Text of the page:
This chapter has discussed sources of contract risk, many of which are unrelated to contract terms and legal issues. One common denominator here is the human dimension, the way people perceive contracts and risks, and its impact on business use (or non-use) of contracts for risk and opportunity management. in order to identify and manage the real risks, you should:

  • 1. Use contract literacy to tackle the real sources or risk and root causes of problems first. Look beyond contract documents, language, and traditional risk sources. The real risks may not show on risk registers—especially if these deal mainly with risk allocation and liability issues. Identifying the real risks involves recognizing perceptions—your own and those of your team members—and making sure you all see the big picture.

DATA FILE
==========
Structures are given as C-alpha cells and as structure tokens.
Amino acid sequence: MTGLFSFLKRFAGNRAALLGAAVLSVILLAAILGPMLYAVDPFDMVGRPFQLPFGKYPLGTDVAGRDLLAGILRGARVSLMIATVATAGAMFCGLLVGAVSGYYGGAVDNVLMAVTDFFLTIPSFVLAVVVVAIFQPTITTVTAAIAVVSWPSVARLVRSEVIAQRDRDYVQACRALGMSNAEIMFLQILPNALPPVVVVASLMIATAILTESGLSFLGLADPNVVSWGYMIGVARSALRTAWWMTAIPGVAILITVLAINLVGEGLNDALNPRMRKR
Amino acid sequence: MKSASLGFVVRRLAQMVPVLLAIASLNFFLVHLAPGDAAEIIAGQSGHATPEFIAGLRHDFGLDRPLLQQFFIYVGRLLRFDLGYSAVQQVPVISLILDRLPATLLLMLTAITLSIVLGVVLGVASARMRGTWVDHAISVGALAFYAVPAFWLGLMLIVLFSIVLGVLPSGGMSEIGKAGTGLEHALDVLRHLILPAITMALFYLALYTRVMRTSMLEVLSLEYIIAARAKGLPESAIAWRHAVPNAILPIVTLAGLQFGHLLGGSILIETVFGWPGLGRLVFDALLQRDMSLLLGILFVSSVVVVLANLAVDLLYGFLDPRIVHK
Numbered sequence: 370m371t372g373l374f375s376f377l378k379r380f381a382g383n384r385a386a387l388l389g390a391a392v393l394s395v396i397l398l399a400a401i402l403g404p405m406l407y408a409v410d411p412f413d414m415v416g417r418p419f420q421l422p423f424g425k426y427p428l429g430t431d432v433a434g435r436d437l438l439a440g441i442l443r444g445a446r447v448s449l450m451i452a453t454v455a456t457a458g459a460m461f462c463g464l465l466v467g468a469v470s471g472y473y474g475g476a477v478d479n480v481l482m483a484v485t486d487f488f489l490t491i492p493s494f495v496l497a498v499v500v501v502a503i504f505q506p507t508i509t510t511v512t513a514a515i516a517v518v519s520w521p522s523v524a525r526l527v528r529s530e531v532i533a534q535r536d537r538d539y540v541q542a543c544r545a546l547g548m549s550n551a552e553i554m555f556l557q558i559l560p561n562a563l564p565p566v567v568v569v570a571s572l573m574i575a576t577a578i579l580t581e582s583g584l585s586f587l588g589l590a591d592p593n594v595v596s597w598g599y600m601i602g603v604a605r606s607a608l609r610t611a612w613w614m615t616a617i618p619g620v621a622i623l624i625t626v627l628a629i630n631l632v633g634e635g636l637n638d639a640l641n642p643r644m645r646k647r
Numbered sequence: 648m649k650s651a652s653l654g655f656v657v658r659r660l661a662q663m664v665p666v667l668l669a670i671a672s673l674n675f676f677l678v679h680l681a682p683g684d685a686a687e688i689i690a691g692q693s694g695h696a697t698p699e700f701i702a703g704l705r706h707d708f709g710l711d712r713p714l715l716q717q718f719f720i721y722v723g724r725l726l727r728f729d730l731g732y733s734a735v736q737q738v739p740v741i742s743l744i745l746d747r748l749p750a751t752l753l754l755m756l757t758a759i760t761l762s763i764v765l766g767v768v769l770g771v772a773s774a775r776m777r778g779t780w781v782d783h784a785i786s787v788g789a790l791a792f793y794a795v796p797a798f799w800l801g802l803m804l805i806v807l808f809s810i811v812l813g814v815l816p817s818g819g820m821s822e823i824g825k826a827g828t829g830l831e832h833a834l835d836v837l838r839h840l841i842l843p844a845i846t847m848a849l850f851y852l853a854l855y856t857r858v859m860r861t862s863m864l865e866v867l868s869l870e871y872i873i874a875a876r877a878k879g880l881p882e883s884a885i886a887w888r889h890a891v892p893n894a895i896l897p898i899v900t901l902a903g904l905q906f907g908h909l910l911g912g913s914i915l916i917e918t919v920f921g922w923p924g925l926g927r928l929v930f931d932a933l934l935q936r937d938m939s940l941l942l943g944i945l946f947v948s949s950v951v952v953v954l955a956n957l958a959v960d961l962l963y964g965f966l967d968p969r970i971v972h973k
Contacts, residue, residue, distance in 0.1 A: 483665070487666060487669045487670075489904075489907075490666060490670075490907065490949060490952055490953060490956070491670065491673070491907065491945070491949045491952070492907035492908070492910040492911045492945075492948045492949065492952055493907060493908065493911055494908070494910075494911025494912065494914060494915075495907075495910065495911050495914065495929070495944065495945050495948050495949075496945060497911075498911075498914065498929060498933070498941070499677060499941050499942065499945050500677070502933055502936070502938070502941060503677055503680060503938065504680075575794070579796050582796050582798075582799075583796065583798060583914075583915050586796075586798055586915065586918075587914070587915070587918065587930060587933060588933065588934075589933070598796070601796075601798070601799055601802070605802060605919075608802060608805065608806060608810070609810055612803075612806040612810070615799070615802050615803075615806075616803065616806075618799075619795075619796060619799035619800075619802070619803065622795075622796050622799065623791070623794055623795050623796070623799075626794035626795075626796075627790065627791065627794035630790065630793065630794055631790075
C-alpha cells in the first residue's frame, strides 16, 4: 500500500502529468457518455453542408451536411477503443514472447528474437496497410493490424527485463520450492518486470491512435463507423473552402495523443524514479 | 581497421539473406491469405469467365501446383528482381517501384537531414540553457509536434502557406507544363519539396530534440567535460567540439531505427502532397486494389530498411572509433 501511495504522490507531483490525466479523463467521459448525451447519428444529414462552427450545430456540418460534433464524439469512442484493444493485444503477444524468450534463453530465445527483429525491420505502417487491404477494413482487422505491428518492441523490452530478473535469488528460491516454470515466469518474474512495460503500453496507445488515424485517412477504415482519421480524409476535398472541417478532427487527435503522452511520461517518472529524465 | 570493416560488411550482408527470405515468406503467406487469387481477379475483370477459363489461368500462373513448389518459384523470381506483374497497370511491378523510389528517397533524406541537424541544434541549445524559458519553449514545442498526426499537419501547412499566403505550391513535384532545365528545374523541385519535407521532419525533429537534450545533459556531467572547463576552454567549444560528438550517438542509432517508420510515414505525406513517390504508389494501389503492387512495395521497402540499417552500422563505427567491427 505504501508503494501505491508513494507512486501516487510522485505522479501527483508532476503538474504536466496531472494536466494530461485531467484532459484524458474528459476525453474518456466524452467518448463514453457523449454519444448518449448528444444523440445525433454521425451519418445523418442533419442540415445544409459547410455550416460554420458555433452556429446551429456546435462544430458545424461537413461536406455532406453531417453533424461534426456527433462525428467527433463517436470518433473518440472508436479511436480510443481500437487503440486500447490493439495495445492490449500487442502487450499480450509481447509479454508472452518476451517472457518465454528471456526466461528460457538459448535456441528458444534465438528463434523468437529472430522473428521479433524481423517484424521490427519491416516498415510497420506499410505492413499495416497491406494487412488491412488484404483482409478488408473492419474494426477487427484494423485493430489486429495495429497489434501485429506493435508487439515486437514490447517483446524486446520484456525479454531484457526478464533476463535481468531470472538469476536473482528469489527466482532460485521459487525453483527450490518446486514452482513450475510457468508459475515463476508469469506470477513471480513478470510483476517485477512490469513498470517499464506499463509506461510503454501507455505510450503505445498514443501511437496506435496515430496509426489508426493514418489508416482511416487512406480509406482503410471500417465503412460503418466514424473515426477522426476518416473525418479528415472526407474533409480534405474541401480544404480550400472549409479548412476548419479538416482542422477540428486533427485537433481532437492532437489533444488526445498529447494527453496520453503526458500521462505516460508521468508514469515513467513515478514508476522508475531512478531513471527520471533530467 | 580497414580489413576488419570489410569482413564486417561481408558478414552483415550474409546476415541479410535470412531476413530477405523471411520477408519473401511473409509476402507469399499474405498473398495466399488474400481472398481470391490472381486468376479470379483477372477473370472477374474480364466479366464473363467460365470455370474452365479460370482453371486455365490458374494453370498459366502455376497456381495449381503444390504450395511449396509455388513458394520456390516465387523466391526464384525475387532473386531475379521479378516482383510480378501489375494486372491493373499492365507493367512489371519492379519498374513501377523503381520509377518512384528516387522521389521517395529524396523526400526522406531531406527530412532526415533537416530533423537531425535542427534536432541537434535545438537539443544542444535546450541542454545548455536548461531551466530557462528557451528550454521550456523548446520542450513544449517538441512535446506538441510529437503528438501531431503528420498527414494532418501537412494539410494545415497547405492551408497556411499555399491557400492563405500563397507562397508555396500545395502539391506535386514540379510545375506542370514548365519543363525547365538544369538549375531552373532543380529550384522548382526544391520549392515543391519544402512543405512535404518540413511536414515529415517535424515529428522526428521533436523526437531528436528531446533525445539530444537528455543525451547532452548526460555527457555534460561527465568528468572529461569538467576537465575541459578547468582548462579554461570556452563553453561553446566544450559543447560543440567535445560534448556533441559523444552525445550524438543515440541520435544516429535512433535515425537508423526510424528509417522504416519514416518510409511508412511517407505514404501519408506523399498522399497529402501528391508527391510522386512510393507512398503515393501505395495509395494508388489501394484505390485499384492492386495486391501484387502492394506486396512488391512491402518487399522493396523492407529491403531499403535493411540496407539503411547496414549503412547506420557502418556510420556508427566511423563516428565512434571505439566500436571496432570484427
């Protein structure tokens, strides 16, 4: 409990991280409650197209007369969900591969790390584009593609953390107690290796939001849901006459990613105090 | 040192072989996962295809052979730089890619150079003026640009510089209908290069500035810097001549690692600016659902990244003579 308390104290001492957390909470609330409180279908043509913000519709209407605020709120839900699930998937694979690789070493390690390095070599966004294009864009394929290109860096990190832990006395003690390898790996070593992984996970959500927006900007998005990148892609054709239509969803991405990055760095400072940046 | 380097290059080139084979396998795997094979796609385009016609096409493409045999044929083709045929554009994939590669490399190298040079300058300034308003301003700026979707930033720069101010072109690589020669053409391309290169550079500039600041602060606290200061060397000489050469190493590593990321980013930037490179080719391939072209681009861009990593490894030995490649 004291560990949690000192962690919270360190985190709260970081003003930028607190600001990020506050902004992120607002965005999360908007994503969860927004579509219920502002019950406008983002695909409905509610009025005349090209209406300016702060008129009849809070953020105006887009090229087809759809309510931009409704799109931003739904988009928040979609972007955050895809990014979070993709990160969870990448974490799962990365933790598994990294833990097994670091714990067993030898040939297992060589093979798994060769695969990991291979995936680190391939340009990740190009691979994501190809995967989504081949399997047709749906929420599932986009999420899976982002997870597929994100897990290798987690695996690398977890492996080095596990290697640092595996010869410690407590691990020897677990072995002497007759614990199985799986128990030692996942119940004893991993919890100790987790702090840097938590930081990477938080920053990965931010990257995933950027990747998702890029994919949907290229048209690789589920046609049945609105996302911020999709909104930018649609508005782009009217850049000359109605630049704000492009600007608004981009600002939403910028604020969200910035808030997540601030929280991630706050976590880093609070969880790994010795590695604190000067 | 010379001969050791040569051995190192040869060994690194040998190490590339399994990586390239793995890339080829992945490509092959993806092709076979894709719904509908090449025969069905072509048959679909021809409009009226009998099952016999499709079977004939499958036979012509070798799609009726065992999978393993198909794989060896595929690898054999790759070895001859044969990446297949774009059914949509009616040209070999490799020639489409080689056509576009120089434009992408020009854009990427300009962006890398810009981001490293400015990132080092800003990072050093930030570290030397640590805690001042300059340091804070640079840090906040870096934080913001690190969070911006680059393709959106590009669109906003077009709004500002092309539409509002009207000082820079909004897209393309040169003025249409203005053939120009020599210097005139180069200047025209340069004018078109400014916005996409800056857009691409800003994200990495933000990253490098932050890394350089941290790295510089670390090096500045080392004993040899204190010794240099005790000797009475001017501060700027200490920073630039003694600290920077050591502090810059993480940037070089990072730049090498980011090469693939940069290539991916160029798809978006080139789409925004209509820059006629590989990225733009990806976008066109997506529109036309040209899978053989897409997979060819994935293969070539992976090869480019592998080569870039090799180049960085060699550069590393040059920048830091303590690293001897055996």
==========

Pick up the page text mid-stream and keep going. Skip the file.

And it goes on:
• 2. Make sure that gaps in the contracting process, poor communication, or lack of proper contract management practices will not lead to unmanaged risks or opportunities.
  • 3. Remember that risk allocation (as opposed to true risk management) may lead to the illusion of control where none exists.
  • 4. Make sure your contracts focus on ways to enhance opportunities and increase the probability of positive outcomes rather than emphasizing the consequences of failure.
  • 5. instead of emphasizing contract clauses relating to liability limitations and indemnities, focus on a shared understanding of requirements and how they can be changed, along with provisions dealing with scope and goals, parties' responsibilities, and other Top terms of the Future listed in the right-hand column of table 3.1.
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